In the early stages, language learning comes down to the "learn-and-practice" loop. This cycle becomes blurred in the advanced stages - you learn when you practice and you practice when you learn. That's when you know you're reaching the top of the mountain.
The formula to becoming a native-like speaker of French is to create an automatic learning environment - for instance living in a French-speaking country, interacting with native French speaker on a daily basis, listening to French podcasts while driving, etc. In other words, you must immerse yourself in the language and create a daily routine which will allow your skills to blossom.
Having integrated the learning process into your daily life implies that you can't tell when you're actually learning. If you can't tell the difference, then you're headed in the right path.
#5 Sharpen the Saw
It's easy to get trapped in the comfort of getting by in a language. After all, the greatest obstacle to greatness is being good enough not to pursue it in the first place. It's totally fine not be to be willing to master a language fully. As a matter of fact, I do not set the bar as high for every language I learn. However some of us wish they could speak this one language like a native speaker.
This last step is for the more advanced learners. In this stage, the secret to success is to constantly challenge yourself by always going further.
Most adult learners suffer from a phenomenon called fosillization - that is, the hard-wiring of your own way of speaking the language. If French is not your native language, you may get stuck with certain sounds or grammatical structures.
This phenomenon occurs most often with pronunciation when the learner is not aware of certain sounds or stress patterns. Here is a checklist for pronunciation :
- Make sure you pronounce all the sounds right individually
- Make sure you pronounce all the sounds right within sentences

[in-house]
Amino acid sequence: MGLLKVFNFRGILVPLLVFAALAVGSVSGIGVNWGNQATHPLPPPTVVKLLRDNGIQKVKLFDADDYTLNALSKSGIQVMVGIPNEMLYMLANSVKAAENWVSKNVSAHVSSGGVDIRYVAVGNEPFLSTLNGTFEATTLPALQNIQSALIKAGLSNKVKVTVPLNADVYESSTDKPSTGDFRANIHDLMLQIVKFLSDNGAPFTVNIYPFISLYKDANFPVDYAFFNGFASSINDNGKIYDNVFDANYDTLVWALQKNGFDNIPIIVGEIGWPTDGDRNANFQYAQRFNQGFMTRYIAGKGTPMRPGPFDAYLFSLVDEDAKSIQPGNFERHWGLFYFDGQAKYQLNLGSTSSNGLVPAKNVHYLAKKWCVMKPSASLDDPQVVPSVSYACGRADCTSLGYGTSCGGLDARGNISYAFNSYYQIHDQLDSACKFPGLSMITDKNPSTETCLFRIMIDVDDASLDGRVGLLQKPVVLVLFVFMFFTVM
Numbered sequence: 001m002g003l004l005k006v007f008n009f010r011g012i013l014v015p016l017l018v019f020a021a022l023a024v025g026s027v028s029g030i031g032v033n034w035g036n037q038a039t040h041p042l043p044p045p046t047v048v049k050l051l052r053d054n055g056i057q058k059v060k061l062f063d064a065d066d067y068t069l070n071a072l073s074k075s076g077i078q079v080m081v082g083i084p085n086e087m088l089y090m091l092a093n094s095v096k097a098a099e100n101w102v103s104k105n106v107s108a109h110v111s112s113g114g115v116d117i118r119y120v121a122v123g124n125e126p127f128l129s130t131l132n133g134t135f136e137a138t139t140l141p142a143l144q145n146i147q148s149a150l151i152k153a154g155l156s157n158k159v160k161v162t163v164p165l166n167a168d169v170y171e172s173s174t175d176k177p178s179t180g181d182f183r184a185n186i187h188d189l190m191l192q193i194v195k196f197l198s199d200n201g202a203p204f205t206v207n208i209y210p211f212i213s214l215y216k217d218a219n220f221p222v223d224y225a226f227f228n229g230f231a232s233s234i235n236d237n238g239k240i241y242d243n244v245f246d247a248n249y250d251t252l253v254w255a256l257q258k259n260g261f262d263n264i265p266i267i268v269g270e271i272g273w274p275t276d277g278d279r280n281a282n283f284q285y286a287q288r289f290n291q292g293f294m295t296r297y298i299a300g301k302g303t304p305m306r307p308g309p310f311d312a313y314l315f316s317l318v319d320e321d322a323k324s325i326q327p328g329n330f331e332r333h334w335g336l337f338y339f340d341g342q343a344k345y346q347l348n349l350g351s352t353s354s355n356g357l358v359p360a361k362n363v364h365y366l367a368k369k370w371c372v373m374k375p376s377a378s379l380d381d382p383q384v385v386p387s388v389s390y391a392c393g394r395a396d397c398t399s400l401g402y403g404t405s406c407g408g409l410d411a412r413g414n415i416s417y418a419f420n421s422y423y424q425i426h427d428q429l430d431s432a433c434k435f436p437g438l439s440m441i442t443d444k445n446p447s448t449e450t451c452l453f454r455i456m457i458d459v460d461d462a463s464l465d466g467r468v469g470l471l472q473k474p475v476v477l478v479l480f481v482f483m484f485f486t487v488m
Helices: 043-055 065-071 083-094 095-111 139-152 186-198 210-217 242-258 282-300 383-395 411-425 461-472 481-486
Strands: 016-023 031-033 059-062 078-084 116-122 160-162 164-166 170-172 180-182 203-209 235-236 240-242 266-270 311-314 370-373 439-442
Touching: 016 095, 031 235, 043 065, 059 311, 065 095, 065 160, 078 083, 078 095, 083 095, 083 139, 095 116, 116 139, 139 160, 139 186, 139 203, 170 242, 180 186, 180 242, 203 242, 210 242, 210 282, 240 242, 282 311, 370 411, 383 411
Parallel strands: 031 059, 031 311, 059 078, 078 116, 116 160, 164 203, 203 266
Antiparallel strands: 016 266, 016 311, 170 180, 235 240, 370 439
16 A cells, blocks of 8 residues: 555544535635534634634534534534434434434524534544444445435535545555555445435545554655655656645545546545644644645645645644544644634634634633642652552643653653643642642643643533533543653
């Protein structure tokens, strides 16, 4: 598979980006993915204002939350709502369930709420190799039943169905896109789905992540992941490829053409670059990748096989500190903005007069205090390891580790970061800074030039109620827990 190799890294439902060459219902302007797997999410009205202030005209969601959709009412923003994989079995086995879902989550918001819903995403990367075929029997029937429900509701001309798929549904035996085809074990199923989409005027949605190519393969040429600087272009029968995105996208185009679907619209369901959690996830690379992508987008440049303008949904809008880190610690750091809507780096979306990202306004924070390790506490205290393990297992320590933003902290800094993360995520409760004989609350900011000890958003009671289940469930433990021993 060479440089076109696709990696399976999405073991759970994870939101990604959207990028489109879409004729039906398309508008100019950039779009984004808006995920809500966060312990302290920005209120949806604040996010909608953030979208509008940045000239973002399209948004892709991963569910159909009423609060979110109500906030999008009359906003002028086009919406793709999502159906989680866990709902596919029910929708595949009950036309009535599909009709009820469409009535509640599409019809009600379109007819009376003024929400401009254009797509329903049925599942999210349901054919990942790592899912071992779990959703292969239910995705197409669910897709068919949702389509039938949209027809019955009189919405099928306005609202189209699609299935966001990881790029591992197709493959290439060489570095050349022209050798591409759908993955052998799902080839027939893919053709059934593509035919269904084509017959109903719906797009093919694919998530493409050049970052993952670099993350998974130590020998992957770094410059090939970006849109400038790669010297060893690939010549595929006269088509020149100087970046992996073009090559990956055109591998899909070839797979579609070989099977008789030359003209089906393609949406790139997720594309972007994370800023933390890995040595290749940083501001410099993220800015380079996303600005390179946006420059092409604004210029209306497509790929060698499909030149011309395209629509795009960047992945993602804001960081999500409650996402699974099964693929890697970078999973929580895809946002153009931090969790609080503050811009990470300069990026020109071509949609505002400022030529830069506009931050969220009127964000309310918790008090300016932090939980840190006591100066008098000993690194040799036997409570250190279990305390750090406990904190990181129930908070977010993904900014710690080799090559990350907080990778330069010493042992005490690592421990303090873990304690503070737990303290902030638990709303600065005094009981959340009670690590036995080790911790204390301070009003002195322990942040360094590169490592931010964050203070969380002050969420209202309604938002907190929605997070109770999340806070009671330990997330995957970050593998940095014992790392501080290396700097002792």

- Make sure your intonation is right, starting on the word level then on the sentence level
Intonation is what differentiate native speakers from learners. Feedback is the most important asset when working on pronunciation and/or intonation. Hopefully, Speechling provides just that! Our professional French coaches deliver feedback based on recordings of yor sentences.
There are other components of French pronunciation that are more colloquial. For more specific advice, please visit this previous article.
Grammar and Vocabulary
Other recurring problems in language learning are grammar and vocabulary. In the advanced stage, my experience is that this type of learning occurs automatically.
Unless you suffer from fossilization, you should be able to fix your shortcomings with exposure. However, if fossilization is a problem when it comes to grammar, I invite you to get feedback on Speechling.
Exposure is the key to learning new vocabulary items in the advanced stages. Since you already have a solid understanding of the language, you should detect unknown words quite easily. The best options for exposure are traveling and surrounding yourself with the French language daily by reading or listening.